Since there are obviously too many ways to go absolutely nuts with this idea, I’ll just choose three talent trees and associated skills – that still leaves a lot of options, but possibly maintains a shred of sanity and balancing.

Primary Tree: Hunter – Marksman

Easy choice. I like ranged DPS and the marksman tree and skills grant a higher mobility than the mage pendant with the long casting times. It deals direct DPS mostly, but the stings aren’t too bad either. Unlike the mage tree, which is all skill dependent, marksmen can still revel in searching for the ultimate ranged weapon, be they guns or bows or Goblin punting.

Secondary Tree: Warlock – Affliction

In my opinion, affliction would complement marksman quite well. Pile on the DoTs, then keep the enemy at range while happily sniping away without the need to wait for casting times. The curses and stings together could possibly take down bigger, badder mobs to a manageable level, but you still need the DPS from your primary tree to take advantage of that.

Alternate Tree: Rogue – Combat

This tree is mostly there for dual speccing and switching roles a bit during instances. Combined with marksman, it may be a bit weak – either you’re at range dealing damage, or you’re in melee dealing damage. Still, could be a valid choice for soloing content where you can’t always keep mobs at range or for PvP where you may have similar problems. At any rate, a combat marksman would be quite versatile.

The other possibility, speccing combat / affliction, would yield similar results to marksman / affliction – only instead of running away you close in and hack away at your opponent. Both combinations, by the way, should play very differently from an affliction ‘lock – or at least very differently from the way I play my ‘lock.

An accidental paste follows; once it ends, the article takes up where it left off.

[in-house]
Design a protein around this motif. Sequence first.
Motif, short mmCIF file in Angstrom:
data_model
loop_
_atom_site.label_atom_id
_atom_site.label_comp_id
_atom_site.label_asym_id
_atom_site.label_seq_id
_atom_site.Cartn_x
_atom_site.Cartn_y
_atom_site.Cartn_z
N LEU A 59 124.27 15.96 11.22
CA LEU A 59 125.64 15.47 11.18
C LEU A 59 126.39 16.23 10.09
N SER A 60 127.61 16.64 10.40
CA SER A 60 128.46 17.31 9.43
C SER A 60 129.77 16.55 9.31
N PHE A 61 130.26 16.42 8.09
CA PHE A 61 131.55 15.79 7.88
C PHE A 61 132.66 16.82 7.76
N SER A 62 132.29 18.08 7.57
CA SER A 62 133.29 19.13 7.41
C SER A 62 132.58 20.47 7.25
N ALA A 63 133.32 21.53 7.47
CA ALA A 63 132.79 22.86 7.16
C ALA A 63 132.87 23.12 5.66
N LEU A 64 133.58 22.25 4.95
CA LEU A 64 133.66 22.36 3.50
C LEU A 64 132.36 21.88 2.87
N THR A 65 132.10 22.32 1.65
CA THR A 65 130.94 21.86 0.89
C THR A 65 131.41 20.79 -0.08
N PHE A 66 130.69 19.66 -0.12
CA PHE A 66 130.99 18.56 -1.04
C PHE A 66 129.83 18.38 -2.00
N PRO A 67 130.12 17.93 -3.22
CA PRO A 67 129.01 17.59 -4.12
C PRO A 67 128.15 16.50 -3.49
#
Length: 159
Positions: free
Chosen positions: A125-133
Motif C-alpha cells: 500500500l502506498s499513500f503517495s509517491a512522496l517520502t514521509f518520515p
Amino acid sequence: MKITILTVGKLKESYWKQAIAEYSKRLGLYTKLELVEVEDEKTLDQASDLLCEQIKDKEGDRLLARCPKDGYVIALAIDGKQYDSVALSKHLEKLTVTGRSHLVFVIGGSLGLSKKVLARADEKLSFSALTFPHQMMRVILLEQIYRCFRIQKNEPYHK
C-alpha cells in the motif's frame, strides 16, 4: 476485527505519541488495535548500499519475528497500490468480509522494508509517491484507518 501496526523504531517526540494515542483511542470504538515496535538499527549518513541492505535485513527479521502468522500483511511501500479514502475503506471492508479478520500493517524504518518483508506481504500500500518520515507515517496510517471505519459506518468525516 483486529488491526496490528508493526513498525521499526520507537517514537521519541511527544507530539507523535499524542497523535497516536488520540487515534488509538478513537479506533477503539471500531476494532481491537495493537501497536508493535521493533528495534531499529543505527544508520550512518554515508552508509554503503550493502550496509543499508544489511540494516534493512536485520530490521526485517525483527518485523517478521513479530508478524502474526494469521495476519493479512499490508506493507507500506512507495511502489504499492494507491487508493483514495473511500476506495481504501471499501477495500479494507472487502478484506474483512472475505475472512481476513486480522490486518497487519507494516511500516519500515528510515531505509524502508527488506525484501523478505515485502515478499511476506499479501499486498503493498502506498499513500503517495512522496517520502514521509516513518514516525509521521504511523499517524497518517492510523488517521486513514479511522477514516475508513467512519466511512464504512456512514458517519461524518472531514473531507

One interesting thing about this is: My favourite class, the mage, doesn’t feature at all. Why? Cast time. Yes, playing a mage is spectacular, but for the bread and butter questing and soloing instances, I’ve had much better results with my hunter and rogue. I think a class with the skills of these three talent trees would offer a whole lot of interesting choices, especially with the new 31-point system. And let’s be honest, if I want to play a mage, I play a pure mage. Anything else, derivative, would be inferior. You can’t improve on perfection.

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Through the looking glasses

23.08.2010

Last week’s Shared Topic was about how I imagine my class is treated by NPCs. I have a small problem with that. I don’t play a single class. I’m also not very good at this sort of RP posts, which is why I originally wanted to skip last week. However, to get some blogging rhythm back, I’ll use that shared topic as a starting point.

My version of it: How do I see the world of Azeroth, depending on which class (and character) I’m playing?

Two classes are missing: Priest (waiting for a Worgen priest in Cataclysm) and Deathknight (highest character level is 36 so far).

Mage

The world is a stage, filled to the brim with an audience expecting a spectacle. It’s not only about killing mobs. It’s about doing it and looking good. Looking great. Impressive, even. Sure, you could go for a quick and efficient kill, but there are still four spells available on cooldown, better use them! Freeze, Blink, Blizzard, Evocation, Blast, Arcane Barrage and for the finale, Teleport and leave them standing in awe and envy.

Druid

Seriously? I’ve got no clue. If I knew, maybe my druid wouldn’t play the role of the unwanted stepchild.